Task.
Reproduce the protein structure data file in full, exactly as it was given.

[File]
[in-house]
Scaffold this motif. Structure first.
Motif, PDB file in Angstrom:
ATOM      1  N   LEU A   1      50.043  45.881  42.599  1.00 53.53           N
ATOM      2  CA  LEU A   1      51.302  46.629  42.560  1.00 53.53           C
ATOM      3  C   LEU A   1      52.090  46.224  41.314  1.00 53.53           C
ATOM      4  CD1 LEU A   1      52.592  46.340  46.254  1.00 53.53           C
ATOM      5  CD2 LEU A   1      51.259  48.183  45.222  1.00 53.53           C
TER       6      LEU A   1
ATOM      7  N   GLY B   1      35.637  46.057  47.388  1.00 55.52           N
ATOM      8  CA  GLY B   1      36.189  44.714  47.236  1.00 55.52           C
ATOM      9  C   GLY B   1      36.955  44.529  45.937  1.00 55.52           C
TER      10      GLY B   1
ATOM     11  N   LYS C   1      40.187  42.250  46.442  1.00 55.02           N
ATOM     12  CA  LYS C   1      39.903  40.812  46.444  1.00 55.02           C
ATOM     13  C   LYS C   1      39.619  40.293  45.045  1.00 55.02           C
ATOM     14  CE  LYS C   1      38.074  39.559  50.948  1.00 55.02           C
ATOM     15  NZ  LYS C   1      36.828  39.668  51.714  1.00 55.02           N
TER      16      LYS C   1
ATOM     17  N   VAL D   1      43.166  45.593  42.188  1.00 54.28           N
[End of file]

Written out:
[in-house]
Scaffold this motif. Structure first.
Motif, PDB file in Angstrom:
ATOM      1  N   LEU A   1      50.043  45.881  42.599  1.00 53.53           N
ATOM      2  CA  LEU A   1      51.302  46.629  42.560  1.00 53.53           C
ATOM      3  C   LEU A   1      52.090  46.224  41.314  1.00 53.53           C
ATOM      4  CD1 LEU A   1      52.592  46.340  46.254  1.00 53.53           C
ATOM      5  CD2 LEU A   1      51.259  48.183  45.222  1.00 53.53           C
TER       6      LEU A   1
ATOM      7  N   GLY B   1      35.637  46.057  47.388  1.00 55.52           N
ATOM      8  CA  GLY B   1      36.189  44.714  47.236  1.00 55.52           C
ATOM      9  C   GLY B   1      36.955  44.529  45.937  1.00 55.52           C
TER      10      GLY B   1
ATOM     11  N   LYS C   1      40.187  42.250  46.442  1.00 55.02           N
ATOM     12  CA  LYS C   1      39.903  40.812  46.444  1.00 55.02           C
ATOM     13  C   LYS C   1      39.619  40.293  45.045  1.00 55.02           C
ATOM     14  CE  LYS C   1      38.074  39.559  50.948  1.00 55.02           C
ATOM     15  NZ  LYS C   1      36.828  39.668  51.714  1.00 55.02           N
TER      16      LYS C   1
ATOM     17  N   VAL D   1      43.166  45.593  42.188  1.00 54.28           N